- Clean your plow. When you finish plowing, clean your ATV and plow blade. Snow, ice, and dirt will freeze and stick to the plow and ATV. Clean now or deal with a mess next time you get ready to plow.
It should go without saying that following the manufacturer’s maintenance guidelines will extend the life of your ATV.
Use a Snow Blower
Instead of using a snow plow for snow removal, consider using a snowblower instead. An ATV snowblower attaches to the front end, gathers snow, and shoots it out a chute.
Snowblowers for ATVs come in three styles. Single-stage and two-stage are the two most used by homeowners.
- Single-Stage Blowers: These blowers throw snow only once. Snow is scooped and sent into a chute by the auger and then sent out of the chute. These lightweight devices are ideal for driveways and mid-sized yards.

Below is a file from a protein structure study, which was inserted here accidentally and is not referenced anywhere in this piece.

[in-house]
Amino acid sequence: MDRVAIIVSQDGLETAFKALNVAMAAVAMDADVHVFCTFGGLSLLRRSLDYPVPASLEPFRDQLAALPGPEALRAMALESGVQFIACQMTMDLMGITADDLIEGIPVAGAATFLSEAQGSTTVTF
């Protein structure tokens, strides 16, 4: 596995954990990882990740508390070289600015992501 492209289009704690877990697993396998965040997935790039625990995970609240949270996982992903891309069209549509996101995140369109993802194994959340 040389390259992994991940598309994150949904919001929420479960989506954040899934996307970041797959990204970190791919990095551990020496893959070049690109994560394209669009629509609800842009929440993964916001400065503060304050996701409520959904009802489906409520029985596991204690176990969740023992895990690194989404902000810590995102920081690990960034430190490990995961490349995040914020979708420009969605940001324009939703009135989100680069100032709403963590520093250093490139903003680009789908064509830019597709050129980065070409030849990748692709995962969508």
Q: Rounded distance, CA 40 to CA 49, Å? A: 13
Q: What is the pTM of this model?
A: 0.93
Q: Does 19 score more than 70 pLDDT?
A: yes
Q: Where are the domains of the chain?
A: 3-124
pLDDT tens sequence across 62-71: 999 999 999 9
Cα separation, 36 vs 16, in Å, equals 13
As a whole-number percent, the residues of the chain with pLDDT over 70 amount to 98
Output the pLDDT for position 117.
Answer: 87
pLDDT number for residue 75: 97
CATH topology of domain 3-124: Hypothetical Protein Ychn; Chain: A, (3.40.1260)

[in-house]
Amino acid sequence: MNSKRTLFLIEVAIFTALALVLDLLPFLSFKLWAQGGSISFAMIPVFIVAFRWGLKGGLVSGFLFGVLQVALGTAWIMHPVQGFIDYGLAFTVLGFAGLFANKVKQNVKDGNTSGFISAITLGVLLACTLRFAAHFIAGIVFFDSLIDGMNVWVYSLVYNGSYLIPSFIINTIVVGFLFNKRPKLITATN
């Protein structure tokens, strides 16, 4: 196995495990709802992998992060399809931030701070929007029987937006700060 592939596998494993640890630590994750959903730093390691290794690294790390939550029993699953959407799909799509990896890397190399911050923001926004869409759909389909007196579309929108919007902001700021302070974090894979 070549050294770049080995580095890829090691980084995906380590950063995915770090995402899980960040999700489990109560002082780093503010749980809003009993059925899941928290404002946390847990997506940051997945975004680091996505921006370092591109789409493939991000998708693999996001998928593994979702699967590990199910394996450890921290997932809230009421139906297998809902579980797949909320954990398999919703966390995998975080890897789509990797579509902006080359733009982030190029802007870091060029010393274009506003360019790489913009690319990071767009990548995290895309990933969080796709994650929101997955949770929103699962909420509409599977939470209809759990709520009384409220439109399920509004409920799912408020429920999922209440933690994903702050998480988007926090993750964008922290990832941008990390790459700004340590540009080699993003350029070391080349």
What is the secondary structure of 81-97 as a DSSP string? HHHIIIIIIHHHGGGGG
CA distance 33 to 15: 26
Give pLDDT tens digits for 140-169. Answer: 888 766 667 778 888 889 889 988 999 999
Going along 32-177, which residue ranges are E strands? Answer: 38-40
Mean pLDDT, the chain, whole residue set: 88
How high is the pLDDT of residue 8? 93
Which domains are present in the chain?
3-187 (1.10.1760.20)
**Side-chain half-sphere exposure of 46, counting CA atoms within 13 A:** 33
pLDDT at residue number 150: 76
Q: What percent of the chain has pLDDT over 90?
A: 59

- Two-Stage: These are ideal for snow accumulations of more than 18 inches and allow you to tackle heavy snowfall. Snow is thrown twice with an auger and then an impeller. The auger in a two-stage blower does not touch the ground, and it can be used on concrete and gravel.
Three-stage snow blowers have two augers and would be too heavy for most smaller ATVs.
Should you be interested in a snowblower instead, the following are some features to investigate:
- A sub-frame that runs under the ATVs chassis to improve the stability of the snowblower.
- The caster wheels—larger is better.
- Dash-mounted controls.
- Electric start engine.
- An intake warmer to prevent freezing of the components.
With the proper equipment and some planning, snow plowing with your ATV can be fun. Maybe not as much fun as mudding, but it’s a lot more relaxing than moving snow the old-fashioned way with a snow shovel.